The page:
There’s a few mini-series ending this week, but one that I will definitely miss each month is Smoke and Mirrors. The story of a magician lost in a world where magic really exists has not only been an entertaining story, but a heartfelt one at that. The final issue is good, if not a little predictable. Personally I don’t have a problem with a predictable ending because it means the creative team did their job in setting everything up for you the reader to figure out ahead of time. Not every comic book needs to have a Twilight Zone ending that throws you for a loop within the final moments and I appreciated the simplicity of the final issue as it become very emotional.
Ward is trapped in a dungeon with a dead body that is starting to stink. He’s a prisoner of Carroll the evil corporate head of the top corporation in the magic tech field. Ward’s young protégé Ethan can’t seem to stay away from him as he bust through the only vent to the room covered in dirt. Ethan almost instantly spots the dead body, but Ward is quick to distract him so that he doesn’t focus on it. He asks him to find his trunk and deliver it to Carroll at the front desk. Ethan does, but as he tries to leave the guard informs him that he’s going to need to stay put as someone comes to collect him as well. Soon Ethan finds himself lead to a room where he cannot cause any trouble while Carroll gives his big presentation.
Back down in the dungeon Carroll pays Ward a visit with his trunk in hand. He finds the gun and grasps it by the barrel, but pauses as he quickly concludes that it’s dangerous. He awakes the dead man from the afterlife and asks him to hold the gun and keep it away from him. Ward begins to explain the inner workings of the gun and what he uses it for. Carroll is intrigued by his magic styling’s and feels that he’s finally getting somewhere with Ward; the man he’s dubbed his new sage.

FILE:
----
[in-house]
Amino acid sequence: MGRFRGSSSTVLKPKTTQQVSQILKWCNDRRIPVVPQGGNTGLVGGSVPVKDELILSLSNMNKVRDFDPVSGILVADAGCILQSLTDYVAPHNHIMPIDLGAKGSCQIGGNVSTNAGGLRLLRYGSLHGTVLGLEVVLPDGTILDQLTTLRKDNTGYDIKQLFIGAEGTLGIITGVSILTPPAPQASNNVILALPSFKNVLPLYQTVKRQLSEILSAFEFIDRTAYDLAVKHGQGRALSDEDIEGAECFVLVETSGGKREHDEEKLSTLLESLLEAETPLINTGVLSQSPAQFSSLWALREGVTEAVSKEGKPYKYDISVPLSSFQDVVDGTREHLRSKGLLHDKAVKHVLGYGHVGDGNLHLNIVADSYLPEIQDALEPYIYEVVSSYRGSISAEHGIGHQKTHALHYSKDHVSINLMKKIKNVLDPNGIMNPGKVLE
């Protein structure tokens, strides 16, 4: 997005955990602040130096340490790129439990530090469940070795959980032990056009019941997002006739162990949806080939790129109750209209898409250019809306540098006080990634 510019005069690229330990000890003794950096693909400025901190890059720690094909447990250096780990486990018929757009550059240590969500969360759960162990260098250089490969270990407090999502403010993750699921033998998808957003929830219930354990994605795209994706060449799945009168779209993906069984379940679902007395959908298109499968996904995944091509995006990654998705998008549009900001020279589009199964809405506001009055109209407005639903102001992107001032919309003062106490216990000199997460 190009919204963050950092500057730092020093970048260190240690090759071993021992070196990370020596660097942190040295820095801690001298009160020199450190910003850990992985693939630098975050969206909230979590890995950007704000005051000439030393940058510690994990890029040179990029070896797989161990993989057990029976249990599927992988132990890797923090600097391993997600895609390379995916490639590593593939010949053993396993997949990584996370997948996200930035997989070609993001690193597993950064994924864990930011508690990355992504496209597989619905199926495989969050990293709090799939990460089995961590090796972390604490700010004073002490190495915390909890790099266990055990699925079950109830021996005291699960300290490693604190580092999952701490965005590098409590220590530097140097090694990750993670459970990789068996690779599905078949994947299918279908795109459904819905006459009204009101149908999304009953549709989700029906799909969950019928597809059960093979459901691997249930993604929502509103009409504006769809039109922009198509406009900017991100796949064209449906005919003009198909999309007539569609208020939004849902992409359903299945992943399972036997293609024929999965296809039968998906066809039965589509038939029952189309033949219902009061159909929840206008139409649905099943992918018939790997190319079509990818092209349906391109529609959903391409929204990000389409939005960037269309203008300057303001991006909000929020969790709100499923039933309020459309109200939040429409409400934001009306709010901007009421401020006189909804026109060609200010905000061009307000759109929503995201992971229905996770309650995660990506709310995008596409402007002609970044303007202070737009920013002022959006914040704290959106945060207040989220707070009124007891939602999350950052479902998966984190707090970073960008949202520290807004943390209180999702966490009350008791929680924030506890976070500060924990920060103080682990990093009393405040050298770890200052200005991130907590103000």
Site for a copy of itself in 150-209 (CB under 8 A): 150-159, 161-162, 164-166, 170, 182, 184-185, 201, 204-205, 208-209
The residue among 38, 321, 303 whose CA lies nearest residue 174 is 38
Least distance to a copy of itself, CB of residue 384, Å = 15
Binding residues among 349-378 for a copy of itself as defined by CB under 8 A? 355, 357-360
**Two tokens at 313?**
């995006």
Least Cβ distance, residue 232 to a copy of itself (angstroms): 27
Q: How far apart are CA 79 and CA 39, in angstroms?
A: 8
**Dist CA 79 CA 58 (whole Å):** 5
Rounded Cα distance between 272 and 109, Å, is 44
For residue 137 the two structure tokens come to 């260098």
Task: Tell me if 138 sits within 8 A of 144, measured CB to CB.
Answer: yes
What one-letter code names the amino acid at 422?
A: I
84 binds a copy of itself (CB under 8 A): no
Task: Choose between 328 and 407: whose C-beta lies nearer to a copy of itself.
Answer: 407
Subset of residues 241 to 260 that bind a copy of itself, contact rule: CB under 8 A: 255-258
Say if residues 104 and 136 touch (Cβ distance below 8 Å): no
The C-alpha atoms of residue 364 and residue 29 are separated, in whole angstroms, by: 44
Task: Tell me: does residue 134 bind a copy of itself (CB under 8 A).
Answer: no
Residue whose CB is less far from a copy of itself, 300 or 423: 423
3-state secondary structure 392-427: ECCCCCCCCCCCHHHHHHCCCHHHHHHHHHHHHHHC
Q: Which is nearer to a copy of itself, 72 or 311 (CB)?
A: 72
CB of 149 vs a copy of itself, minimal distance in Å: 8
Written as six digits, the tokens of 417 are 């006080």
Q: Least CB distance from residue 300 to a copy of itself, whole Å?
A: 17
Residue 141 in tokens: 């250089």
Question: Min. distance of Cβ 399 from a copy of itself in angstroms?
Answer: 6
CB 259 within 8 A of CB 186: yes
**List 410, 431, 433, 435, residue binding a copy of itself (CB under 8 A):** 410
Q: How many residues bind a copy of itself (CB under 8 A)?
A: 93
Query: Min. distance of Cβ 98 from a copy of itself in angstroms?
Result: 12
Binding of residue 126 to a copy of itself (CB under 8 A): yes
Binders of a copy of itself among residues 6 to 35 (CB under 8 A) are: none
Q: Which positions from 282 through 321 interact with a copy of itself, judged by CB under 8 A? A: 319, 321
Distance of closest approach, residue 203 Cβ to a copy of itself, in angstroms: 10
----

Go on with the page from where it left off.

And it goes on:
What has remained interesting about the world of Smoke and Mirrors is that liars and lies exist within the world, but the concept of misleading someone doesn’t. The world is just full of little nuances that are similar to our world, but almost one step behind on the scale. It’s definitely something that has helped this magical world have a richer and fuller feel to it. Costa does a marvelous job with Ethan’s character and really it becomes clear that this has been his story from the beginning as he desperately looked for replacement for his deceased father. Ward played the role and it gave him someone to talk and interact with on his lonely journey in the strange world.
I can’t say that the art has improved since the first issue, but then it really didn’t need to. Browne has been amazingly consistent throughout the series which has contributed to the strength of the story telling. The last handful of pages is definitely his most touching storytelling on the series as he captures the raw emotion that Costa’s script has called for. There are some intense emotions for sure and the art makes them easy to relate to.
This has been a great series to read month to month and I bet that it’s even better collected. IDW has become known for its licensed products, but for me its series like Smoke and Mirrors that I think of and wish I saw more of. Quality creator owned stories that breaks into new boundaries of the comic book medium and at the same time remind us that magic is always amazing no matter how old you are.
Writer: Mike Costa
Artist: Ryan Browne
Illusions: Jon Armstrong
Publisher: IDW Publishing
Release Date: 8/29/12